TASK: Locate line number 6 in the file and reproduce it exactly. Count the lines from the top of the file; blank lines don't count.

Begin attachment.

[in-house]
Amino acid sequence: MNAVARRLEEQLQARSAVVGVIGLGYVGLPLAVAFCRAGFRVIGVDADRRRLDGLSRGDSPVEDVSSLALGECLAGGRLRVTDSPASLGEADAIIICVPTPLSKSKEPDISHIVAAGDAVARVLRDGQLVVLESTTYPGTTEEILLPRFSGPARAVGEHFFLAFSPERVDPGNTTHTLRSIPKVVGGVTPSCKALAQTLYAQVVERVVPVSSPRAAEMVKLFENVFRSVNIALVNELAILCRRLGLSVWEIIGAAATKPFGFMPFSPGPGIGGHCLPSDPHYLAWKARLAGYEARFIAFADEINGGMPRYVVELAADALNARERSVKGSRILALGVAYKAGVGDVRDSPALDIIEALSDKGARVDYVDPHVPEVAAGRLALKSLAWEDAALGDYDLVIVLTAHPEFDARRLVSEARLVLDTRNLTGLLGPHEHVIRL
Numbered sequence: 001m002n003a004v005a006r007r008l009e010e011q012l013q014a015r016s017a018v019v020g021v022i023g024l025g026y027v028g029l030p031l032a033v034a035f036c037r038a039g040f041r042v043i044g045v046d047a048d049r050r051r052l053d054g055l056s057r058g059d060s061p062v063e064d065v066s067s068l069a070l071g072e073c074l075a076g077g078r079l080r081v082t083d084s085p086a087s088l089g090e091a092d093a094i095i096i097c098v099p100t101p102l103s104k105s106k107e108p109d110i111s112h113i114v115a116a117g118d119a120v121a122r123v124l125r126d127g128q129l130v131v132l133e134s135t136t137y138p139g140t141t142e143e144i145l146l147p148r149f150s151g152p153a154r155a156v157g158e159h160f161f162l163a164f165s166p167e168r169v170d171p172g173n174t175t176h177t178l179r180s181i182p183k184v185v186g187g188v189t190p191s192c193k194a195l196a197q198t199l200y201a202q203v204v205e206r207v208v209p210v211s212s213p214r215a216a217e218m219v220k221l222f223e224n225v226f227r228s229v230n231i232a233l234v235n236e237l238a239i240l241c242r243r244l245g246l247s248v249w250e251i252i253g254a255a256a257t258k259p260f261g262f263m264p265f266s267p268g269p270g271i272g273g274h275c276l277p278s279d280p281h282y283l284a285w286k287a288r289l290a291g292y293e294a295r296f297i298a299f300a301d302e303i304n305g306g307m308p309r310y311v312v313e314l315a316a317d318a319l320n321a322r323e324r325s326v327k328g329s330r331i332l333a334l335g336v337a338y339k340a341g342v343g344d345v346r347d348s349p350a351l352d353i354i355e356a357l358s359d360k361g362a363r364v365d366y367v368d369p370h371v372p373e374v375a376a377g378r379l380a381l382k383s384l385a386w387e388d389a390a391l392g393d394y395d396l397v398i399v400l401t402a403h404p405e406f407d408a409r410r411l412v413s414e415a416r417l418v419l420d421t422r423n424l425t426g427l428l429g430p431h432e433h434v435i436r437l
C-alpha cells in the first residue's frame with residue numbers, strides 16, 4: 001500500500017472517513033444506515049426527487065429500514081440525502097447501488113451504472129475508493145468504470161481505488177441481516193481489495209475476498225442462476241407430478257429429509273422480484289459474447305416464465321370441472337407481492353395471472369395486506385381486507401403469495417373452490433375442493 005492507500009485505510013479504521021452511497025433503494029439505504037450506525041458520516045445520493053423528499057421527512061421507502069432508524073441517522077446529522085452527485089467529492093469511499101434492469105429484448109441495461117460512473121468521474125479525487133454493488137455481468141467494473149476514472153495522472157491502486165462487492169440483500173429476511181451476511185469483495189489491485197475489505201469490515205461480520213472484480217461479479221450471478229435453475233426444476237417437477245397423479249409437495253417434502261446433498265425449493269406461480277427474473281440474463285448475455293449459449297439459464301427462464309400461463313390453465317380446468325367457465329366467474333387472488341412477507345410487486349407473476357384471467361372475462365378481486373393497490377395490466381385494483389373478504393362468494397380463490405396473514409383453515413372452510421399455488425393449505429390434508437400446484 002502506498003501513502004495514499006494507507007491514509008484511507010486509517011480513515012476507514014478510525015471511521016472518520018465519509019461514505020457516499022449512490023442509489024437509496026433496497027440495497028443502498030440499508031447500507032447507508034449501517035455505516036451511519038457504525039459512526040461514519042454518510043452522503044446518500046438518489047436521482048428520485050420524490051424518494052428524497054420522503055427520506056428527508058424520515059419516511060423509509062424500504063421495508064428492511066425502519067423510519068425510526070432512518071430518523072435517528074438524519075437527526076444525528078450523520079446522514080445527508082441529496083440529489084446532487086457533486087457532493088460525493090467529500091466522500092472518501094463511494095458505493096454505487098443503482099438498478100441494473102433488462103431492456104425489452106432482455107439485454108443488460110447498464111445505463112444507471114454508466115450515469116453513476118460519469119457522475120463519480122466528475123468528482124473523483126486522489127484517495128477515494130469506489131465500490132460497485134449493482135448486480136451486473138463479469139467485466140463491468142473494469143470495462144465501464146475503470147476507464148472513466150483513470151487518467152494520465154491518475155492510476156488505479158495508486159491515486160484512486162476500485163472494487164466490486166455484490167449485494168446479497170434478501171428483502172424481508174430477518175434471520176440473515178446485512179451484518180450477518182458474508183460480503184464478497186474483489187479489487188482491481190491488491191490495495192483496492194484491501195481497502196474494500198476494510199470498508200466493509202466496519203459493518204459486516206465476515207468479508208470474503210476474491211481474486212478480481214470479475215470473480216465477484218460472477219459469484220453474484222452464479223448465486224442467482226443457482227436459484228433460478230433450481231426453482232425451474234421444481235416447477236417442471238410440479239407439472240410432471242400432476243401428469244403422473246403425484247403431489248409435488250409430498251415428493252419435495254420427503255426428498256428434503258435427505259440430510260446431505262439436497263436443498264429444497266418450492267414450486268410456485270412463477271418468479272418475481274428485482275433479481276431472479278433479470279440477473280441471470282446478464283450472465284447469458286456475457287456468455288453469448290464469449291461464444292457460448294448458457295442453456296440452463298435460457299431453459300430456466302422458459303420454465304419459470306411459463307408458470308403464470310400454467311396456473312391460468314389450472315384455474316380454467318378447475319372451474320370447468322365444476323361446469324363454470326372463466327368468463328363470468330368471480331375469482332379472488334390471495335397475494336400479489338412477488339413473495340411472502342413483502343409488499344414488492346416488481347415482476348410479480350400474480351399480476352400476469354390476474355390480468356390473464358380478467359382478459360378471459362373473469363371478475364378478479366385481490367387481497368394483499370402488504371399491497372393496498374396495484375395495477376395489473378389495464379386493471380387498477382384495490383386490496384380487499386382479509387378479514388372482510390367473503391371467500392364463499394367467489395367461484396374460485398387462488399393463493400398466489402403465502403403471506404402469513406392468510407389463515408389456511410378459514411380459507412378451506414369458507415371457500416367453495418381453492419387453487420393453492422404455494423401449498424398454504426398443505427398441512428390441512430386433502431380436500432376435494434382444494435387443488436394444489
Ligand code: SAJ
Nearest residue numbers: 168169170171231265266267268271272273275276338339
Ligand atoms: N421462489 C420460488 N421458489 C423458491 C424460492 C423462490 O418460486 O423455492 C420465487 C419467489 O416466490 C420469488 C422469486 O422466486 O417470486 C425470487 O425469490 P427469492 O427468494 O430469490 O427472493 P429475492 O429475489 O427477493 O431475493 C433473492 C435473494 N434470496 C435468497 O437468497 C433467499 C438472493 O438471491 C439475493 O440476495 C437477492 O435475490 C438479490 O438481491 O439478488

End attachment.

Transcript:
Nearest residue numbers: 168169170171231265266267268271272273275276338339